While servo motors have gained in acceptance, there remains a large market for induction drives, especially as they become more efficient. “We’re pushing the limit of how much more efficient we can get the induction motor,” said Nelson. “The servo is an improvement, but it costs. So the synchronous reduction motors are evolving from product efficiencies to system efficiencies and that’s where the standards are moving as well.”

Nelson noted that the emphasis on smaller drives meets a number of user needs. “We’re following the trends of what end users are looking for -- equipment that is safer, slimmer, and more efficient,” he said. “The electricity costs have not gone down. Even with the move away from coal power, electricity is still important. It’s not just the cost of energy. Efficiency guidelines are also pushing the developments of the drive.”

The AA version has a smaller footprint, up to 32% less volume, but it was designed to deliver comparable features to previous versions.

Efficiency is not just a cost-saver. It also matters in meeting regulations. “Everyone is looking for efficiency. The bigger push is coming from regulations,” said Nelson. “The push is for efficient motors. You’re also seeing people taking a more holistic view -- including in meeting regulations.”

Nelson noted that new drives are getting deployed when it’s time to replace aging equipment. “Generally people are looking for improved motors at the time of replacement, and they want to replace their equipment with a more efficient motor,” he said. “Any motor across the line is going to have to meet the new guidelines.”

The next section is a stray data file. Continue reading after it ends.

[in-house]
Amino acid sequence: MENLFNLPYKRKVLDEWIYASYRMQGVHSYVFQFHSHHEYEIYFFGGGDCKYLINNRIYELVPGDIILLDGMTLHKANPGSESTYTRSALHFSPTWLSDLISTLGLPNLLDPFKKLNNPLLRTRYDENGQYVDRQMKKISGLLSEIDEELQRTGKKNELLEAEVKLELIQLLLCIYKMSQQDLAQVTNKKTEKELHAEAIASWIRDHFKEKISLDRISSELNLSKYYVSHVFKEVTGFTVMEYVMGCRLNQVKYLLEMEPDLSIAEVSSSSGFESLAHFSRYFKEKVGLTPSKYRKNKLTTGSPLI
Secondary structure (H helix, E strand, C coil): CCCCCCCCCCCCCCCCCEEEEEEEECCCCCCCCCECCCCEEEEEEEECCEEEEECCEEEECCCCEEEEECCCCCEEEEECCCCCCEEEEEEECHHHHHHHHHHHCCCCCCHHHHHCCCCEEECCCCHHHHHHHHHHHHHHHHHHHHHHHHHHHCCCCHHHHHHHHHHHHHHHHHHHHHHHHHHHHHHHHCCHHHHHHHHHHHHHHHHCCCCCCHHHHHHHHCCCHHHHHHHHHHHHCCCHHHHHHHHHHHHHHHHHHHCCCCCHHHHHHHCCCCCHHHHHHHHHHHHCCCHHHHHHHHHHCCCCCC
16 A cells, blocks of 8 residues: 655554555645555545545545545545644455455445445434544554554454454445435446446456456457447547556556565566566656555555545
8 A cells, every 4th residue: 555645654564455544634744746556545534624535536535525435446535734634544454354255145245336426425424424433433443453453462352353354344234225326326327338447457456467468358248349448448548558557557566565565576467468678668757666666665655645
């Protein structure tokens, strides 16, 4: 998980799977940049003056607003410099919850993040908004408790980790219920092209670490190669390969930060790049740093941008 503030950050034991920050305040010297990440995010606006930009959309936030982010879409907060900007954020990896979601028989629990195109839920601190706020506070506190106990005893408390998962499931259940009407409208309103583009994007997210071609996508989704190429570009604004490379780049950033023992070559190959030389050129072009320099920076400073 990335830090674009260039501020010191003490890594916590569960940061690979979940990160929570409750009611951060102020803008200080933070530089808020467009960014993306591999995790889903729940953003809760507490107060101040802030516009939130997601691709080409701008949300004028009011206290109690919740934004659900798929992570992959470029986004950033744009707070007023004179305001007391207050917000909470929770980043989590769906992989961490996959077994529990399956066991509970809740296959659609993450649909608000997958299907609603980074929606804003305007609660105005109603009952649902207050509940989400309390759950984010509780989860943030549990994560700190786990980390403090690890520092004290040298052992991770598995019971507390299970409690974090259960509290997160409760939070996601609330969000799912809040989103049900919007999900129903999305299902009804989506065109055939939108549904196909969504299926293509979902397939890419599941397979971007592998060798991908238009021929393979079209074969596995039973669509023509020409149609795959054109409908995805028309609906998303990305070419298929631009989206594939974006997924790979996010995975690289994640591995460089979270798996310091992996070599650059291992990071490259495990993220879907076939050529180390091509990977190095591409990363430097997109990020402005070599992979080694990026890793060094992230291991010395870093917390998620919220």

One way to meet emerging guidelines is to aim for system efficiencies rather than just seeking efficiency in an individual part of the system. “When you see the system efficiencies, you can use a less efficient motor and it will be overall system improvement,” said Nelson. “The most efficient system is when you’re doing a true integration of the motor, the drive, and the box, with a reduction of the couplings.”

[images via Siemens]Rob Spiegel has covered automation and control for 15 years, 12 of them for Design News. Other topics he has covered include supply chain technology, alternative energy, and cyber security. For 10 years he was owner and publisher of the food magazine Chile Pepper.

About the Author(s)

Rob Spiegel

Rob Spiegel serves as a senior editor for Design News. He started with Design News in 2002 as a freelancer and hired on full-time in 2011. He covers automation, manufacturing, 3D printing, robotics, AI, and more.

Prior to Design News, he worked as a senior editor for Electronic News and Ecommerce Business. He has contributed to a wide range of industrial technology publications, including Automation World, Supply Chain Management Review, and Logistics Management. He is the author of six books.

Before covering technology, Rob spent 10 years as publisher and owner of Chile Pepper Magazine, a national consumer food publication.

As well as writing for Design News, Rob also participates in IME shows, webinars, and ebooks.